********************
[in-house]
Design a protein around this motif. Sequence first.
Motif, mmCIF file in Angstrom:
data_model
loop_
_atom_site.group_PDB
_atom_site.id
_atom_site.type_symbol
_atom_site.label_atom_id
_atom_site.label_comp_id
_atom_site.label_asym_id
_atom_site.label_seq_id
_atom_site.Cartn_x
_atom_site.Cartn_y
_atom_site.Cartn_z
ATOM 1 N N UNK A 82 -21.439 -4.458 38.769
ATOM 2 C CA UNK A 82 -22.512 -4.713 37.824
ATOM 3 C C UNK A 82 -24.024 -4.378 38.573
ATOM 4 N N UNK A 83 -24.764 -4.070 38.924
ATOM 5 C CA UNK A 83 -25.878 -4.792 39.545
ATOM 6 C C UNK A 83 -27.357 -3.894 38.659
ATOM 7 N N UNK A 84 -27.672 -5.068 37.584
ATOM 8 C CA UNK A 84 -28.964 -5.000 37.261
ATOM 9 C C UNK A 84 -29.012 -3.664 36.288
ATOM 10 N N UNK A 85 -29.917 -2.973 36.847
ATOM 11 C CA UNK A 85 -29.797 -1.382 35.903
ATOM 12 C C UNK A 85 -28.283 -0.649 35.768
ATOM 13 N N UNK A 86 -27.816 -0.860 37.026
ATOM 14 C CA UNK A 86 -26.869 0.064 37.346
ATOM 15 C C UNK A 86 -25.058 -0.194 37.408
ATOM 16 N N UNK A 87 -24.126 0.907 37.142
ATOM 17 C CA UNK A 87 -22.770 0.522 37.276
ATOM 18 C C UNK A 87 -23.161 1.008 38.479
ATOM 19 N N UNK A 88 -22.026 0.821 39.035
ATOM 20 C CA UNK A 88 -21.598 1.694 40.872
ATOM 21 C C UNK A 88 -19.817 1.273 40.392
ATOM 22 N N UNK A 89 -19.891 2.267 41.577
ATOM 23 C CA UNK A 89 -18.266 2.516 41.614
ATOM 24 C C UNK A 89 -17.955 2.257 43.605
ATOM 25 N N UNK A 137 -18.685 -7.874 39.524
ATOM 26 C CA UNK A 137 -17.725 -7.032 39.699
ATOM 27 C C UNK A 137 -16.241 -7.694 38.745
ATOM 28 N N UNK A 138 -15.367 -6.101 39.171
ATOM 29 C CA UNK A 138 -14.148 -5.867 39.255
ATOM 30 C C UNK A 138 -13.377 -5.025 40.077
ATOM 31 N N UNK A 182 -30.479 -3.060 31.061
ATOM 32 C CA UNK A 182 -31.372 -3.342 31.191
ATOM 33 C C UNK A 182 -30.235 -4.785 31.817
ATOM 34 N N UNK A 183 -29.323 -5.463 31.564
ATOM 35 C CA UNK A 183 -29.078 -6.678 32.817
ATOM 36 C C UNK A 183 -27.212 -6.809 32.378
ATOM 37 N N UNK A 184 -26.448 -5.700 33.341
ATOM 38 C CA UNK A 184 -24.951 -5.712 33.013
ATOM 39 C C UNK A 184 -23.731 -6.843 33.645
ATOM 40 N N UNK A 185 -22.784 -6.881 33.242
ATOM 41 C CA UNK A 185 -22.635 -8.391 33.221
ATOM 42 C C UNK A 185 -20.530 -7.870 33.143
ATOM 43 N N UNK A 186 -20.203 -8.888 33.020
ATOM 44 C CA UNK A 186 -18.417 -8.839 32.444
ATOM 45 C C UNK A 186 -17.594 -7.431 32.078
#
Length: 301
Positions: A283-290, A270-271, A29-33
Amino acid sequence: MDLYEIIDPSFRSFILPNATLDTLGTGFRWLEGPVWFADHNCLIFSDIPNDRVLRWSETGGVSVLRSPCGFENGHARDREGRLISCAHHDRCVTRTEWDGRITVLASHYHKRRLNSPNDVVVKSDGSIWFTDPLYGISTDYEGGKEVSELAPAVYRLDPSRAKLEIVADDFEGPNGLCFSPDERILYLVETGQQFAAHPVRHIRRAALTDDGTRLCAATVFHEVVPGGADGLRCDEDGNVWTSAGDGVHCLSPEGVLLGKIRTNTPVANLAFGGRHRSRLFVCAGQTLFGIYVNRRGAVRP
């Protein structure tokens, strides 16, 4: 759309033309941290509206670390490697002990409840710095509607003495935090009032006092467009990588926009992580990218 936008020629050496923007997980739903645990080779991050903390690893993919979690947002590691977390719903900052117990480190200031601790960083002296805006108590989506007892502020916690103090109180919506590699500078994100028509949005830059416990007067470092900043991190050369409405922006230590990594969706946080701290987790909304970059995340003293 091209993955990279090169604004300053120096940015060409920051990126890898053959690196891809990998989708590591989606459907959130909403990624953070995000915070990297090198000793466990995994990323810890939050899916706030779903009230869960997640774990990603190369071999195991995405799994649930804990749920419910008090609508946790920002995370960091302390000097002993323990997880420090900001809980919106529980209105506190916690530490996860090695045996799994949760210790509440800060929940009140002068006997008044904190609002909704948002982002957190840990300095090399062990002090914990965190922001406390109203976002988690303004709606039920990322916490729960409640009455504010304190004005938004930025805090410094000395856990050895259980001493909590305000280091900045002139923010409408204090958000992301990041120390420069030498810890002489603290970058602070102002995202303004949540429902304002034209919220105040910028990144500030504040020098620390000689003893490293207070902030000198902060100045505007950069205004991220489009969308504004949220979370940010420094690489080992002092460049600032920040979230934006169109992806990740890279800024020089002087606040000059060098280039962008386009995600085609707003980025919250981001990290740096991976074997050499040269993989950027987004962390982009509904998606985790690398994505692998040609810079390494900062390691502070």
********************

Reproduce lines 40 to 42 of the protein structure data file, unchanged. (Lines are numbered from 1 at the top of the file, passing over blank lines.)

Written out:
ATOM 25 N N UNK A 137 -18.685 -7.874 39.524
ATOM 26 C CA UNK A 137 -17.725 -7.032 39.699
ATOM 27 C C UNK A 137 -16.241 -7.694 38.745